8. Sapir, Andre & Aghion, Philippe & Bertola, Giuseppe & Hellwig, Martin & Pisani-Ferry, Jean & Rosati, Dariusz & Vinals, Jose & Wallace, Helen, 2004. "An Agenda for a Growing Europe: The Sapir Report," OUP Catalogue, Oxford University Press, number 9780199271498, March.
  9. Mary Amiti & Jozef Konings, 2007. "Trade Liberalization, Intermediate Inputs, and Productivity: Evidence from Indonesia," American Economic Review, American Economic Association, vol. 97(5), pages 1611-1638, December.
  10. Alberto F. Ades & Edward L. Glaeser, 1994. "Evidence on Growth, Increasing Returns and the Extent of the Market," NBER Working Papers 4714, National Bureau of Economic Research, Inc.
  11. Petia Topalova, 2004. "Trade Liberalization and Firm Productivity; The Case of India," IMF Working Papers 04/28, International Monetary Fund.
  12. Marc J. Melitz & Gianmarco I. P. Ottaviano, 2008. "Market Size, Trade, and Productivity," Review of Economic Studies, Oxford University Press, vol. 75(1), pages 295-316.
  13. David Hummels & Jun Ishii & Kei-Mu Yi, 1999. "The nature and growth of vertical specialization in world trade," Staff Reports 72, Federal Reserve Bank of New York.
  14. Nina Pavcnik, 2000. "Trade Liberalization, Exit, and Productivity Improvements: Evidence from Chilean Plants," NBER Working Papers 7852, National Bureau of Economic Research, Inc.
  15. Feenstra, Robert C & Markusen, James R & Zeile, William, 1992. "Accounting for Growth with New Inputs: Theory and Evidence," American Economic Review, American Economic Association, vol. 82(2), pages 415-21, May.
  16. Head, Keith & Ries, John, 1999. "Rationalization effects of tariff reductions," Journal of International Economics, Elsevier, vol. 47(2), pages 295-320, April.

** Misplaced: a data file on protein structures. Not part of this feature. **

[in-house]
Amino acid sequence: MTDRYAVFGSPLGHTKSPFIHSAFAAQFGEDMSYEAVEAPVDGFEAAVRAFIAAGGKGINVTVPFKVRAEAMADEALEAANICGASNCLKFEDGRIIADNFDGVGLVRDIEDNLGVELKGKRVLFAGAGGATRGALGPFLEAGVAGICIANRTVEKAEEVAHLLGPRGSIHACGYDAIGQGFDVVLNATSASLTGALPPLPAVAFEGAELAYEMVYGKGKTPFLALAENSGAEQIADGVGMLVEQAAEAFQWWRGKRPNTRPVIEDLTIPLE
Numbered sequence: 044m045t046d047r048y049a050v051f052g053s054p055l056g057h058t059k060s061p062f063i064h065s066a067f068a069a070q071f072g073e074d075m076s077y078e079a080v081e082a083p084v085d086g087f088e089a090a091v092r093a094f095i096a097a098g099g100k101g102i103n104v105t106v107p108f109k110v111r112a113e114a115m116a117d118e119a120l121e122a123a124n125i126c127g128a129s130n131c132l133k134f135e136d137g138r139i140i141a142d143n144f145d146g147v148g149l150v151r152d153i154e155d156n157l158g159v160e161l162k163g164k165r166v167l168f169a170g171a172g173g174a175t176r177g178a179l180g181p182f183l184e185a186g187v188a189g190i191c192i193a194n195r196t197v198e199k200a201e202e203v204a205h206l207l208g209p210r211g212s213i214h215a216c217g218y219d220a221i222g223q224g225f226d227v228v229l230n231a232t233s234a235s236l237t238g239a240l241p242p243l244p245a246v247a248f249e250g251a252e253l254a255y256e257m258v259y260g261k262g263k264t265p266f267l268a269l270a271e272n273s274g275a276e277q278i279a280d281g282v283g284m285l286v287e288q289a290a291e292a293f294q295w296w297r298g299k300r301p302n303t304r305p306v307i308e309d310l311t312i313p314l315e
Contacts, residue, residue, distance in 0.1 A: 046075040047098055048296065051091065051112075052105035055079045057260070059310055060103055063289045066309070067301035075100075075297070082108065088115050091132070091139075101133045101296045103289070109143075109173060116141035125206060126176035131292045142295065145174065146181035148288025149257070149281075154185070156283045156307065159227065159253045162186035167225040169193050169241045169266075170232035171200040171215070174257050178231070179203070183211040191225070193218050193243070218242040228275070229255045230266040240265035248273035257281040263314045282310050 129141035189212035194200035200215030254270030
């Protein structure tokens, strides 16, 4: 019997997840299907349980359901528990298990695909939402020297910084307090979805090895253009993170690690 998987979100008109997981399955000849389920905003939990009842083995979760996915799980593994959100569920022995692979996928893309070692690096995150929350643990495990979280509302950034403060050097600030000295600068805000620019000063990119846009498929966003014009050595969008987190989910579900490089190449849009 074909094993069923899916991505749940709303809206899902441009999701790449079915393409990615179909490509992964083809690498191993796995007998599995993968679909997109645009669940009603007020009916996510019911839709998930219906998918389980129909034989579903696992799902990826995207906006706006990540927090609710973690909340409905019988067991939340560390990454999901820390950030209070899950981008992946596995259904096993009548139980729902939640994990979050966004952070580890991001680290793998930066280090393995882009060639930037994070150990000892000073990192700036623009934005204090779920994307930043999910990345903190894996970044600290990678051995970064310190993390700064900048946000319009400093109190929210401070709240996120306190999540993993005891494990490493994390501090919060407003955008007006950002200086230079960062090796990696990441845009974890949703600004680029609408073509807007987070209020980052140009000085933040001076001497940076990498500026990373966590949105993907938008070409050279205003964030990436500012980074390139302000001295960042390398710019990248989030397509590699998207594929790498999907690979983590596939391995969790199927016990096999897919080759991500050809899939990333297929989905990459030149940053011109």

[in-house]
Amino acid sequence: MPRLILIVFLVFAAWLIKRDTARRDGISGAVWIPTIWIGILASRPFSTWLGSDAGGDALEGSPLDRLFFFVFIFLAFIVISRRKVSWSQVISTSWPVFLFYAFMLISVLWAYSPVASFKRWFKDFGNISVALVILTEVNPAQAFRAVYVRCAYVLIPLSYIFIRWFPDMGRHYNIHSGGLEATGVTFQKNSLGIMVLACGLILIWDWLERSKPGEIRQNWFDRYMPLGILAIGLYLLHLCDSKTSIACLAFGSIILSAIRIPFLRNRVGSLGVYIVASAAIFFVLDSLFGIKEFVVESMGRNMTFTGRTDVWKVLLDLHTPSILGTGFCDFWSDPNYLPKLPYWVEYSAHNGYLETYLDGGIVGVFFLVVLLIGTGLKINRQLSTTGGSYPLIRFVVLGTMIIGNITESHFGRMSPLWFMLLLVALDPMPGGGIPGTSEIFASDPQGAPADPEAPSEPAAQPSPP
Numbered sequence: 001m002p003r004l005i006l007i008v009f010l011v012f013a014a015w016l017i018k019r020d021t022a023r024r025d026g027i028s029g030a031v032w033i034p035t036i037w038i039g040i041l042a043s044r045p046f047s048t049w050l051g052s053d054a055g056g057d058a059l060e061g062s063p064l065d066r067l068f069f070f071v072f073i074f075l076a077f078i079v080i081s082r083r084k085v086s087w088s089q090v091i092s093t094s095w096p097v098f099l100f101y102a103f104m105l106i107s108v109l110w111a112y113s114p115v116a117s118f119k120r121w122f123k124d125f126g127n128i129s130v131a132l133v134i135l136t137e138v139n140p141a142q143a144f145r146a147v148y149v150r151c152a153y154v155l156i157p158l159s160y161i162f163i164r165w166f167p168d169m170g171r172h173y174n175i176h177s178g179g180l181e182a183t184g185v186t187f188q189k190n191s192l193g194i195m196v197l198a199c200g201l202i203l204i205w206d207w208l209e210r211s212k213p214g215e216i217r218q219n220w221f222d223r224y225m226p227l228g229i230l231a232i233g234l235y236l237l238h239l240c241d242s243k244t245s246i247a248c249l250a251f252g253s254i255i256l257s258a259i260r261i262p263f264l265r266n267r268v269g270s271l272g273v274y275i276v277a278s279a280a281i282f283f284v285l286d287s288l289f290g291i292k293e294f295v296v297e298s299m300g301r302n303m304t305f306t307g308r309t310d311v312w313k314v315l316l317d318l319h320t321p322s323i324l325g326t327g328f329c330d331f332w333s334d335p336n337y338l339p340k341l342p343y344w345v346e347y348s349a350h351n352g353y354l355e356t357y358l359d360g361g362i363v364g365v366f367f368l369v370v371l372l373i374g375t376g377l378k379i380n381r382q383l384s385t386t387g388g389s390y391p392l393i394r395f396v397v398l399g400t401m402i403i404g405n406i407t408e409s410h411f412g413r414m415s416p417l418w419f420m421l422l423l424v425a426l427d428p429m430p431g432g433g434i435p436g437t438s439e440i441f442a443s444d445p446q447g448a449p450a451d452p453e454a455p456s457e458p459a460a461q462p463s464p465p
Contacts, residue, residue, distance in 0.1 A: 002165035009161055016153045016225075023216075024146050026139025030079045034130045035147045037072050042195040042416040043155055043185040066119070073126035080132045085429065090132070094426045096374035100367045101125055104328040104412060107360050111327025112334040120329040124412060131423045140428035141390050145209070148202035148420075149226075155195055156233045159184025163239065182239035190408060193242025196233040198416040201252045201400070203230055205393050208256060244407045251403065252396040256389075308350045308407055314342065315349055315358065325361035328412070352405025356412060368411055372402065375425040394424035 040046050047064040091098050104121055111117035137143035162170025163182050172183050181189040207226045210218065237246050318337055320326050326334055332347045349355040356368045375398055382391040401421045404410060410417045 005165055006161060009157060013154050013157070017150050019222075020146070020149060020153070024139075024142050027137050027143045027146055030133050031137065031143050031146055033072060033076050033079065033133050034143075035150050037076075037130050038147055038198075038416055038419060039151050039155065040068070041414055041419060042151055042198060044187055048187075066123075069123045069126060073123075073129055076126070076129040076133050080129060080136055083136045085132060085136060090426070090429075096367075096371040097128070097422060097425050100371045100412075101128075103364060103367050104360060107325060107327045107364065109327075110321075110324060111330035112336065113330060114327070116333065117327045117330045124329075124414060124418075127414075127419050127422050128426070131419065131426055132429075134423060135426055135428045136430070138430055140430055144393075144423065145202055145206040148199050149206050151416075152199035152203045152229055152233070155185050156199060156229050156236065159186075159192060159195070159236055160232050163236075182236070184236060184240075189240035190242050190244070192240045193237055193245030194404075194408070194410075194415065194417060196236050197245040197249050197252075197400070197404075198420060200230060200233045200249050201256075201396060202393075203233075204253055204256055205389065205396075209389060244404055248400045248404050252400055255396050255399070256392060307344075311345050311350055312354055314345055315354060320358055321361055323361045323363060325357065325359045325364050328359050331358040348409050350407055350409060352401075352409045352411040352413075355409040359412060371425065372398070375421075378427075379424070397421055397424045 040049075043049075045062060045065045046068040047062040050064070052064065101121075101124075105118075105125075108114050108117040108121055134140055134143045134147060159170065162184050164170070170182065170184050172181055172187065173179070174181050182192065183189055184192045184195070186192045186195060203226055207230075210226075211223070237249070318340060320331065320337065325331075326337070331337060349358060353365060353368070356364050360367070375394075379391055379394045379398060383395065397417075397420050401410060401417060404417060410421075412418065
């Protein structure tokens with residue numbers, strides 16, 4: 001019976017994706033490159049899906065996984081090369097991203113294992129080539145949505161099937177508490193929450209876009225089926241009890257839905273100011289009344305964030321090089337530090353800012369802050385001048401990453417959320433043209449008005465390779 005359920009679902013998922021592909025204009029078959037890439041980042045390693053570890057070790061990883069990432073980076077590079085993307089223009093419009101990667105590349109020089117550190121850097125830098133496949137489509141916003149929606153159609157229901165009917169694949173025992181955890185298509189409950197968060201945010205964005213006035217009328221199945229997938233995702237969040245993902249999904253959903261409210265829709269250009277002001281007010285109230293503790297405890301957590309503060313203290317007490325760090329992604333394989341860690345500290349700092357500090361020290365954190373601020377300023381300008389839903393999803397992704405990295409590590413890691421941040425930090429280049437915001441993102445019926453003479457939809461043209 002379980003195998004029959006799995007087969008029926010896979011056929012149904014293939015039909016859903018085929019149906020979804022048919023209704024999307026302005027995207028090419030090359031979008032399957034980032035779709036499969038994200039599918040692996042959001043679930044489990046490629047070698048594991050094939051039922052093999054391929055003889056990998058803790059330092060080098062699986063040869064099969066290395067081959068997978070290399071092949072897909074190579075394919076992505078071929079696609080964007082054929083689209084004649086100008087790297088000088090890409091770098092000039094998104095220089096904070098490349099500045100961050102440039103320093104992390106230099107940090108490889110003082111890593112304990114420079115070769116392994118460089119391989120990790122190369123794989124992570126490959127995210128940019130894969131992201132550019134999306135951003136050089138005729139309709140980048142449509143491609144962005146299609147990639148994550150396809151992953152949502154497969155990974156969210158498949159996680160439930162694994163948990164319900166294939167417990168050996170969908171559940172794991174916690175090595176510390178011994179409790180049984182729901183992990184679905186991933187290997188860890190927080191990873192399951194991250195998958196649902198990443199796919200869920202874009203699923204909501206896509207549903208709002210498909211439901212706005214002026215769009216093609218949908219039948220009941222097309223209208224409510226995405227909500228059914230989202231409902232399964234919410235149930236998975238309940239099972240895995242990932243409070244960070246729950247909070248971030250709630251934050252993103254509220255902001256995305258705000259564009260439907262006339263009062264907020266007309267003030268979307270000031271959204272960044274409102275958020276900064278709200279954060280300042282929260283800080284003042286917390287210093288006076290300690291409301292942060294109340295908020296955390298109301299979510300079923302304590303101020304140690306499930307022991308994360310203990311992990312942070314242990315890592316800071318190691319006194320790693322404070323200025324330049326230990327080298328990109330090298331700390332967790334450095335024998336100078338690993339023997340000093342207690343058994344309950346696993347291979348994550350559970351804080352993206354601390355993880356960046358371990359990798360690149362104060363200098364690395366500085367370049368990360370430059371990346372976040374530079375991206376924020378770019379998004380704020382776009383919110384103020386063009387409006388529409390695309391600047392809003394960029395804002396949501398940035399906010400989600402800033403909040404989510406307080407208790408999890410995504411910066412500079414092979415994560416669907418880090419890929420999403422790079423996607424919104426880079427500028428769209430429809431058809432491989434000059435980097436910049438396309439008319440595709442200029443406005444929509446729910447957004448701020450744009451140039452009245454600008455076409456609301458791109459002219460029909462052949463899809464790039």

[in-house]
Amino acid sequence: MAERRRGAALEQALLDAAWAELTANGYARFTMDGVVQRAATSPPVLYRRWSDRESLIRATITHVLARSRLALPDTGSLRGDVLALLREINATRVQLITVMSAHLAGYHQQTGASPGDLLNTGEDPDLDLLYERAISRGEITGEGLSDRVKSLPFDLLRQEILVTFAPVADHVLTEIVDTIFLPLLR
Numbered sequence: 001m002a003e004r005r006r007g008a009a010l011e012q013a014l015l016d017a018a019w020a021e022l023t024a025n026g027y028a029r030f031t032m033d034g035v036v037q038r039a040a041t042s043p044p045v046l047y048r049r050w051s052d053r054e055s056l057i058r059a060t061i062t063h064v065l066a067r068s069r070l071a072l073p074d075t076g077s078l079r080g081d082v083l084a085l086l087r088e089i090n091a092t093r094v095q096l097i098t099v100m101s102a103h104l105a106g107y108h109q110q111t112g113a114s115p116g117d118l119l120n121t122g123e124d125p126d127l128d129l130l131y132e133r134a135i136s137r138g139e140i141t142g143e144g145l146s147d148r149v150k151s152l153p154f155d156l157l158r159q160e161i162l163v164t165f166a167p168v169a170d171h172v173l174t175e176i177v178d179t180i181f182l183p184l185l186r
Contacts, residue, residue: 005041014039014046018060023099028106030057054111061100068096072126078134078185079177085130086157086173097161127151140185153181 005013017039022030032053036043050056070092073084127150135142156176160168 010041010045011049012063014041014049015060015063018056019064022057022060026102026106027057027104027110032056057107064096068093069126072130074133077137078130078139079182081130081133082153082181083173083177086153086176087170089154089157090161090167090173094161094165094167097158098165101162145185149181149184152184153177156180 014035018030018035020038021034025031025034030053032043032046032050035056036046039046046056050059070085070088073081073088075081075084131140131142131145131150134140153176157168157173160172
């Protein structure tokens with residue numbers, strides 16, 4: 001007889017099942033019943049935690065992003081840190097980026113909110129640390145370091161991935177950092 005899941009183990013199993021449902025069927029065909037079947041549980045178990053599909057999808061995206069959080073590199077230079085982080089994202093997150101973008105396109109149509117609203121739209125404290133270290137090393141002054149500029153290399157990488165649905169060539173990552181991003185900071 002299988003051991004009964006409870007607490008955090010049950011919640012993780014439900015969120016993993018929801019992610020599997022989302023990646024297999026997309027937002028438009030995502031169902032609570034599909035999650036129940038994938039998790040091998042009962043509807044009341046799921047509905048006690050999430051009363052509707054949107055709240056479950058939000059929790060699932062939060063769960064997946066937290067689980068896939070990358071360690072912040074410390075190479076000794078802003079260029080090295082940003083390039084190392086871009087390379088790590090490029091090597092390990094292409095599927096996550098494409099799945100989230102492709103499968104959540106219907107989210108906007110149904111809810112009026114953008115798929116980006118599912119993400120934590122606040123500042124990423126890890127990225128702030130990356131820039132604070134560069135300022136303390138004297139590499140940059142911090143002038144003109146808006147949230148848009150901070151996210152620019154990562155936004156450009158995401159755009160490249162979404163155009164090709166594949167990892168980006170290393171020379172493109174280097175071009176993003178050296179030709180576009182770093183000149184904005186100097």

17. Tybout, James R. & Westbrook, M. Daniel, 1995. "Trade liberalization and the dimensions of efficiency change in Mexican manufacturing industries," Journal of International Economics, Elsevier, vol. 39(1-2), pages 53-78, August.
Full references (including those not matched with items on IDEAS)

This item is not listed on Wikipedia, on a reading list or among the top items on IDEAS.

When requesting a correction, please mention this item's handle: RePEc:esr:wpaper:dynreg23. See general information about how to correct material in RePEc.

For technical questions regarding this item, or to correct its authors, title, abstract, bibliographic or download information, contact: (Sarah Burns)

If you have authored this item and are not yet registered with RePEc, we encourage you to do it here. This allows to link your profile to this item. It also allows you to accept potential citations to this item that we are uncertain about.

If references are entirely missing, you can add them using this form.

If the full references list an item that is present in RePEc, but the system did not link to it, you can help with this form.

If you know of missing items citing this one, you can help us creating those links by adding the relevant references in the same way as above, for each refering item. If you are a registered author of this item, you may also want to check the "citations" tab in your profile, as there may be some citations waiting for confirmation.

Please note that corrections may take a couple of weeks to filter through the various RePEc services.

This information is provided to you by IDEAS at the Research Division of the Federal Reserve Bank of St. Louis using RePEc data.